Jefferson was upset when Georgia and North Carolina threw up the biggest resistance to that paragraph. Ultimately, those two states twisted Congress' arm to delete the paragraph.

Still, how could a man calling the slave trade “execrable" be a slaveowner himself? No doubt about it, Jefferson was a flawed human being. He even had slaves from his estate in Virginia attending him while he was in Philadelphia, in the very apartment where he was writing the Declaration.

Many of the Southern Founders deeply believed in the principles of the Declaration yet couldn't bring themselves to upend the basis of their livelihood. By 1806, Virginia law made it more difficult for slave owners to free their slaves, especially if the owner had significant debts as Jefferson did.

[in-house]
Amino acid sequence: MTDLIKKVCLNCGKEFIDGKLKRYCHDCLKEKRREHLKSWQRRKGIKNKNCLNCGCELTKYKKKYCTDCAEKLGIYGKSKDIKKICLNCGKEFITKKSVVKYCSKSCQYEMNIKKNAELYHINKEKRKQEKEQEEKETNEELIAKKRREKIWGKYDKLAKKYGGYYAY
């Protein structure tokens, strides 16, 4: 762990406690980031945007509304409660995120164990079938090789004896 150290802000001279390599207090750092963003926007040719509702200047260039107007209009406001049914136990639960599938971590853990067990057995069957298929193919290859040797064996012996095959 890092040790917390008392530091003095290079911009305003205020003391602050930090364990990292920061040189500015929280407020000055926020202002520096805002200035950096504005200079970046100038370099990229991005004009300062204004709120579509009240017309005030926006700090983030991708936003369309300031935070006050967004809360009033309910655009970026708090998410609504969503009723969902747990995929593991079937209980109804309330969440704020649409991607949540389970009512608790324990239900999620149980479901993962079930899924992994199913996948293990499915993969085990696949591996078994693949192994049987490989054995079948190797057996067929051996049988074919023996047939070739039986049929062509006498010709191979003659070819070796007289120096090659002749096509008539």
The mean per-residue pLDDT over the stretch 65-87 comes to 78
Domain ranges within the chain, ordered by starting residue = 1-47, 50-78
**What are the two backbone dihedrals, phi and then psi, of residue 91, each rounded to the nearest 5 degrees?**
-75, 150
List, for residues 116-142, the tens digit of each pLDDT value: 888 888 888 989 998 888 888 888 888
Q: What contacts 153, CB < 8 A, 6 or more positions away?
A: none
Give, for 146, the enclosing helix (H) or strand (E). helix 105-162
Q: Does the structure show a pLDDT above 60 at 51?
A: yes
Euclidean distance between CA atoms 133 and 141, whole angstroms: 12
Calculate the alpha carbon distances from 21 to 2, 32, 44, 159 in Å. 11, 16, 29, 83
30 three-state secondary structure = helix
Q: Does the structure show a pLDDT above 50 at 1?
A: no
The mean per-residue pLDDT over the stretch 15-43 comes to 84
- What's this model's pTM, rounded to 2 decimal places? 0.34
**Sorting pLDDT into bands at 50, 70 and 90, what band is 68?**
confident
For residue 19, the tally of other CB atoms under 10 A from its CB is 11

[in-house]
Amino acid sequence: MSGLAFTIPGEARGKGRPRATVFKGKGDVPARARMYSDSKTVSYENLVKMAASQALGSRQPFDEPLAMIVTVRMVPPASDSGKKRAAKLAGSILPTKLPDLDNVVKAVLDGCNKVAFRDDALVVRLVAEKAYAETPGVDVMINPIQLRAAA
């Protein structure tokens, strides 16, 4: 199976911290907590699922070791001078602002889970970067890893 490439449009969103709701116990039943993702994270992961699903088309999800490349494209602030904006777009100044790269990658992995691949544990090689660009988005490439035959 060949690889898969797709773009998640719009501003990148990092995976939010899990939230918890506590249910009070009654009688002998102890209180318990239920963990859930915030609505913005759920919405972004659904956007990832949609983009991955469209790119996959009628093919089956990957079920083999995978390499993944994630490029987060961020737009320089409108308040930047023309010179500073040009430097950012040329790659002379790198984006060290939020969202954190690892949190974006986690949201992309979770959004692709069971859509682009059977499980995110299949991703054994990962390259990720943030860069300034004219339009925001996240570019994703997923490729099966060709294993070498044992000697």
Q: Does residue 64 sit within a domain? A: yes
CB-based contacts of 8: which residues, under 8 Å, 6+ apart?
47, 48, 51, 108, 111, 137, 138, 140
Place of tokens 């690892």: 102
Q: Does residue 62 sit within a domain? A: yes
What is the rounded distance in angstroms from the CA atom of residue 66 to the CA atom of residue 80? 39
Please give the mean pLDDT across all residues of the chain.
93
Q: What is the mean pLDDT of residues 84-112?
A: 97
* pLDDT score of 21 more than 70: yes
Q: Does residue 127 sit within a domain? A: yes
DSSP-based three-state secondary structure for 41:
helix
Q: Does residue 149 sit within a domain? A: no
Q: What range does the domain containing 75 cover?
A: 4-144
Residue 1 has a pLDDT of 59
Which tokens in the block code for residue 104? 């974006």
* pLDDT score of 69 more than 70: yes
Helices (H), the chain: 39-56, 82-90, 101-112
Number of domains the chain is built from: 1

At the same time, the Founders were not idiots. They understood the ramifications of signing on to the principles described so eloquently in the Declaration. They understood that logically, slavery would eventually have to be abolished in America because it was unjust, and the words they were committing to paper said as much. Remember, John Adams was on the committee of five that worked on the Declaration and he later said that the Revolution would never be complete until the slaves were free.

Also, the same generation that signed the Declaration started the process of abolition by banning the importation of slaves in 1807. Jefferson was President at the time and he urged Congress to pass the law.

America has an obvious road map that, as a nation, we're not consulting often enough.